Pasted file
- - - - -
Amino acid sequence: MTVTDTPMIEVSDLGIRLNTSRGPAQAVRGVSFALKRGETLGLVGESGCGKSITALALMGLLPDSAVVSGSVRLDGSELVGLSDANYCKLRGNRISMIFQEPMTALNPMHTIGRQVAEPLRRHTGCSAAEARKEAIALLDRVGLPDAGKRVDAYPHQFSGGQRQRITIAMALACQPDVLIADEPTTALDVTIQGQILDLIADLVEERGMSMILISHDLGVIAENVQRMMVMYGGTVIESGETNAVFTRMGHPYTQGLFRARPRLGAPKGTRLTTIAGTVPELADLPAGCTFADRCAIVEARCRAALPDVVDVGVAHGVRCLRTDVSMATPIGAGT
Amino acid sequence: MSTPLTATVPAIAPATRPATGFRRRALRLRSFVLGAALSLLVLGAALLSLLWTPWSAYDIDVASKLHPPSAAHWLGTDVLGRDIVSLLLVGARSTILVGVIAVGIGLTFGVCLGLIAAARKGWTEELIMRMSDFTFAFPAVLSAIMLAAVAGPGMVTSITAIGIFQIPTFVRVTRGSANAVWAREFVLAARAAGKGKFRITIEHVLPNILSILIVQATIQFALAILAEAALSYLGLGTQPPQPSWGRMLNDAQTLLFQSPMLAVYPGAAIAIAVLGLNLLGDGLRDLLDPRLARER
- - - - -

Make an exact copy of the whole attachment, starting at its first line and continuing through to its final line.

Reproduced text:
Amino acid sequence: MTVTDTPMIEVSDLGIRLNTSRGPAQAVRGVSFALKRGETLGLVGESGCGKSITALALMGLLPDSAVVSGSVRLDGSELVGLSDANYCKLRGNRISMIFQEPMTALNPMHTIGRQVAEPLRRHTGCSAAEARKEAIALLDRVGLPDAGKRVDAYPHQFSGGQRQRITIAMALACQPDVLIADEPTTALDVTIQGQILDLIADLVEERGMSMILISHDLGVIAENVQRMMVMYGGTVIESGETNAVFTRMGHPYTQGLFRARPRLGAPKGTRLTTIAGTVPELADLPAGCTFADRCAIVEARCRAALPDVVDVGVAHGVRCLRTDVSMATPIGAGT
Amino acid sequence: MSTPLTATVPAIAPATRPATGFRRRALRLRSFVLGAALSLLVLGAALLSLLWTPWSAYDIDVASKLHPPSAAHWLGTDVLGRDIVSLLLVGARSTILVGVIAVGIGLTFGVCLGLIAAARKGWTEELIMRMSDFTFAFPAVLSAIMLAAVAGPGMVTSITAIGIFQIPTFVRVTRGSANAVWAREFVLAARAAGKGKFRITIEHVLPNILSILIVQATIQFALAILAEAALSYLGLGTQPPQPSWGRMLNDAQTLLFQSPMLAVYPGAAIAIAVLGLNLLGDGLRDLLDPRLARER